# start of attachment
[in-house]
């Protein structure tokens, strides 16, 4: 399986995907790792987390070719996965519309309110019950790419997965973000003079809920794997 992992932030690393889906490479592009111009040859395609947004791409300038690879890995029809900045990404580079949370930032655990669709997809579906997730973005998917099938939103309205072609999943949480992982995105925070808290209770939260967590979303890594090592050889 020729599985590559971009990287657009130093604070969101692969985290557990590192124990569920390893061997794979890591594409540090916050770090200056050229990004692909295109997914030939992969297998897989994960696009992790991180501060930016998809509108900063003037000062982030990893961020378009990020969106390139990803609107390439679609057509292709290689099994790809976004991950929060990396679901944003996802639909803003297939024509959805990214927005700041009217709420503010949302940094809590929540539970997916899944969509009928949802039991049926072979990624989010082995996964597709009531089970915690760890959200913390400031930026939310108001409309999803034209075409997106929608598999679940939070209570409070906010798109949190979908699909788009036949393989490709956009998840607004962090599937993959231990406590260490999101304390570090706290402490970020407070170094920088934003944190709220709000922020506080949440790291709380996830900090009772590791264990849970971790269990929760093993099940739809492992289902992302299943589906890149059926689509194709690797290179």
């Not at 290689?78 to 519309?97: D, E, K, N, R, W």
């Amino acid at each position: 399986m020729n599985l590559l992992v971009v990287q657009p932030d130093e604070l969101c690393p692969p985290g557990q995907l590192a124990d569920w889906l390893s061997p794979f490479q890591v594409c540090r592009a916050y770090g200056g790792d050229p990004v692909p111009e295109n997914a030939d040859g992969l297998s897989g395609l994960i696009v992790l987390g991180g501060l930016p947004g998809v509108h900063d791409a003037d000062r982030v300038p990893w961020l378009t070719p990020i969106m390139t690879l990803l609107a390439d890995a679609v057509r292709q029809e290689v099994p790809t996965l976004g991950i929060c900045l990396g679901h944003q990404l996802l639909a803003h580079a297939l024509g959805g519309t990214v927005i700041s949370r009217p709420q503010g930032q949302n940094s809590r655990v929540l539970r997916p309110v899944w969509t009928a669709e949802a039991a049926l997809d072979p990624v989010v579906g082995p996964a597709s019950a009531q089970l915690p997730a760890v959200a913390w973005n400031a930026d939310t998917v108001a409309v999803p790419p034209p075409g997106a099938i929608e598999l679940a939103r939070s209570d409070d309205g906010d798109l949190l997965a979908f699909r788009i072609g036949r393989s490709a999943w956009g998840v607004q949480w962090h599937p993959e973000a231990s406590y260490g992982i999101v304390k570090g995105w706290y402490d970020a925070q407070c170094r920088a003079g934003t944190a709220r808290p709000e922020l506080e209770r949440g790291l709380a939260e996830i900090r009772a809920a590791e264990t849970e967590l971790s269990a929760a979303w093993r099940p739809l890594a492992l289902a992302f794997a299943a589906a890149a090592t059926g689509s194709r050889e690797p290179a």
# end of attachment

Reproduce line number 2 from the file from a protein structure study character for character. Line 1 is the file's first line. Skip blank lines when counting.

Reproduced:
């Protein structure tokens, strides 16, 4: 399986995907790792987390070719996965519309309110019950790419997965973000003079809920794997 992992932030690393889906490479592009111009040859395609947004791409300038690879890995029809900045990404580079949370930032655990669709997809579906997730973005998917099938939103309205072609999943949480992982995105925070808290209770939260967590979303890594090592050889 020729599985590559971009990287657009130093604070969101692969985290557990590192124990569920390893061997794979890591594409540090916050770090200056050229990004692909295109997914030939992969297998897989994960696009992790991180501060930016998809509108900063003037000062982030990893961020378009990020969106390139990803609107390439679609057509292709290689099994790809976004991950929060990396679901944003996802639909803003297939024509959805990214927005700041009217709420503010949302940094809590929540539970997916899944969509009928949802039991049926072979990624989010082995996964597709009531089970915690760890959200913390400031930026939310108001409309999803034209075409997106929608598999679940939070209570409070906010798109949190979908699909788009036949393989490709956009998840607004962090599937993959231990406590260490999101304390570090706290402490970020407070170094920088934003944190709220709000922020506080949440790291709380996830900090009772590791264990849970971790269990929760093993099940739809492992289902992302299943589906890149059926689509194709690797290179």